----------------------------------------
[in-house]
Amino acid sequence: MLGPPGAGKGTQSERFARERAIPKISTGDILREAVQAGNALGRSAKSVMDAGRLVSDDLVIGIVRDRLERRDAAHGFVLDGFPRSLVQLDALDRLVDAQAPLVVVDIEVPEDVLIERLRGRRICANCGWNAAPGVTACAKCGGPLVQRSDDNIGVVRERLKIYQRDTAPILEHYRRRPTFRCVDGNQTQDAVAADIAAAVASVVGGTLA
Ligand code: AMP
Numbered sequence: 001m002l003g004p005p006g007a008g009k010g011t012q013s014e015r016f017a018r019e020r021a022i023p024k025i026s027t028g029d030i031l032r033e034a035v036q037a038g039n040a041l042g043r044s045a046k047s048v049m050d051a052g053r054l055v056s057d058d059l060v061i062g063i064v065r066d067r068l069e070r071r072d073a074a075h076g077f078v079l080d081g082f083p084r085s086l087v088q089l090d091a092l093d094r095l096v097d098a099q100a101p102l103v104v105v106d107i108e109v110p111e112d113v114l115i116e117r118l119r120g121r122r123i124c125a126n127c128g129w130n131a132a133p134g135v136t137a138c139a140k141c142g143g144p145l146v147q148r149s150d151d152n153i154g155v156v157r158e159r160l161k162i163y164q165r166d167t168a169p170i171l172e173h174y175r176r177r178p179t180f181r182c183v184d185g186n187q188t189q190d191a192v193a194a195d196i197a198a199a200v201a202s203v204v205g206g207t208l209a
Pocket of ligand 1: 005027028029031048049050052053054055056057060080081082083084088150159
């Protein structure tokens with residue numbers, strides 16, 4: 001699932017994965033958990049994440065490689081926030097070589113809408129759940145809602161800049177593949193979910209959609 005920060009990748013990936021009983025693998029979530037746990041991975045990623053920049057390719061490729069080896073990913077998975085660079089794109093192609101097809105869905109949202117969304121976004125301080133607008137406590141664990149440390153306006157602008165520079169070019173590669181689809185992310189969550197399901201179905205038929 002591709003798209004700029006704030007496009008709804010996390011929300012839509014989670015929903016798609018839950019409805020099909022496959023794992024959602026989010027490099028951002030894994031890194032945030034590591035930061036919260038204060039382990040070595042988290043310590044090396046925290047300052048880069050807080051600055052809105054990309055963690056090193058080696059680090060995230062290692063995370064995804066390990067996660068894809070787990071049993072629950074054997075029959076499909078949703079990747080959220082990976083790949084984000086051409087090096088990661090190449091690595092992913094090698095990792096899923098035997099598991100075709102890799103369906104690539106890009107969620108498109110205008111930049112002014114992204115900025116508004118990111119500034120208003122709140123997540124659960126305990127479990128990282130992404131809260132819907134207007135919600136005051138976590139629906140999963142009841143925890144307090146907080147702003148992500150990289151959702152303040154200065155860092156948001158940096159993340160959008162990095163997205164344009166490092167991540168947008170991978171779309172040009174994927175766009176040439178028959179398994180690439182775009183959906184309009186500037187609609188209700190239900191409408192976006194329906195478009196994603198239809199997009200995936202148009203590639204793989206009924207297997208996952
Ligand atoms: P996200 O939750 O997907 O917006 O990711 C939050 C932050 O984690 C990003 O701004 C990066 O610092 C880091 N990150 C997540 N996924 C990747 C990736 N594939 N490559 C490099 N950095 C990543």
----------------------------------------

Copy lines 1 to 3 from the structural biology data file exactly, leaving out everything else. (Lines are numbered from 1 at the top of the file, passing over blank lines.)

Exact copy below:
[in-house]
Amino acid sequence: MLGPPGAGKGTQSERFARERAIPKISTGDILREAVQAGNALGRSAKSVMDAGRLVSDDLVIGIVRDRLERRDAAHGFVLDGFPRSLVQLDALDRLVDAQAPLVVVDIEVPEDVLIERLRGRRICANCGWNAAPGVTACAKCGGPLVQRSDDNIGVVRERLKIYQRDTAPILEHYRRRPTFRCVDGNQTQDAVAADIAAAVASVVGGTLA
Ligand code: AMP